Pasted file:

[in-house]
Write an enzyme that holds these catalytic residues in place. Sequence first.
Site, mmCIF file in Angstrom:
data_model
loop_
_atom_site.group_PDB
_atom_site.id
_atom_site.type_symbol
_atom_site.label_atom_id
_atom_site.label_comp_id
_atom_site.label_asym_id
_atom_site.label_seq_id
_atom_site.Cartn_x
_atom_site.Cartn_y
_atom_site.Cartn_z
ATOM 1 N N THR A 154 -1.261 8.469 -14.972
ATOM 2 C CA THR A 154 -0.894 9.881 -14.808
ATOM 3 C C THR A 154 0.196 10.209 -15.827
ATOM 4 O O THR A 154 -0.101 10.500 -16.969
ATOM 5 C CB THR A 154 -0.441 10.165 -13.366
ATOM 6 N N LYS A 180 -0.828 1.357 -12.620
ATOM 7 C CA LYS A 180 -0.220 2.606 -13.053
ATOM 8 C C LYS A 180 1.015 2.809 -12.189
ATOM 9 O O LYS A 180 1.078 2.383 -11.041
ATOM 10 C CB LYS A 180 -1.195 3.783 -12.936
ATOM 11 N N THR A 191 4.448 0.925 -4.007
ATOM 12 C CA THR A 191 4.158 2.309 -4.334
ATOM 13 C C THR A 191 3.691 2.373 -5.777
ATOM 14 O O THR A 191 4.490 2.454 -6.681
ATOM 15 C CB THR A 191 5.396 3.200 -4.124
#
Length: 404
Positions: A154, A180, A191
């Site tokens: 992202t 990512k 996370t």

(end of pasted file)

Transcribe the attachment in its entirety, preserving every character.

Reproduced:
[in-house]
Write an enzyme that holds these catalytic residues in place. Sequence first.
Site, mmCIF file in Angstrom:
data_model
loop_
_atom_site.group_PDB
_atom_site.id
_atom_site.type_symbol
_atom_site.label_atom_id
_atom_site.label_comp_id
_atom_site.label_asym_id
_atom_site.label_seq_id
_atom_site.Cartn_x
_atom_site.Cartn_y
_atom_site.Cartn_z
ATOM 1 N N THR A 154 -1.261 8.469 -14.972
ATOM 2 C CA THR A 154 -0.894 9.881 -14.808
ATOM 3 C C THR A 154 0.196 10.209 -15.827
ATOM 4 O O THR A 154 -0.101 10.500 -16.969
ATOM 5 C CB THR A 154 -0.441 10.165 -13.366
ATOM 6 N N LYS A 180 -0.828 1.357 -12.620
ATOM 7 C CA LYS A 180 -0.220 2.606 -13.053
ATOM 8 C C LYS A 180 1.015 2.809 -12.189
ATOM 9 O O LYS A 180 1.078 2.383 -11.041
ATOM 10 C CB LYS A 180 -1.195 3.783 -12.936
ATOM 11 N N THR A 191 4.448 0.925 -4.007
ATOM 12 C CA THR A 191 4.158 2.309 -4.334
ATOM 13 C C THR A 191 3.691 2.373 -5.777
ATOM 14 O O THR A 191 4.490 2.454 -6.681
ATOM 15 C CB THR A 191 5.396 3.200 -4.124
#
Length: 404
Positions: A154, A180, A191
């Site tokens: 992202t 990512k 996370t």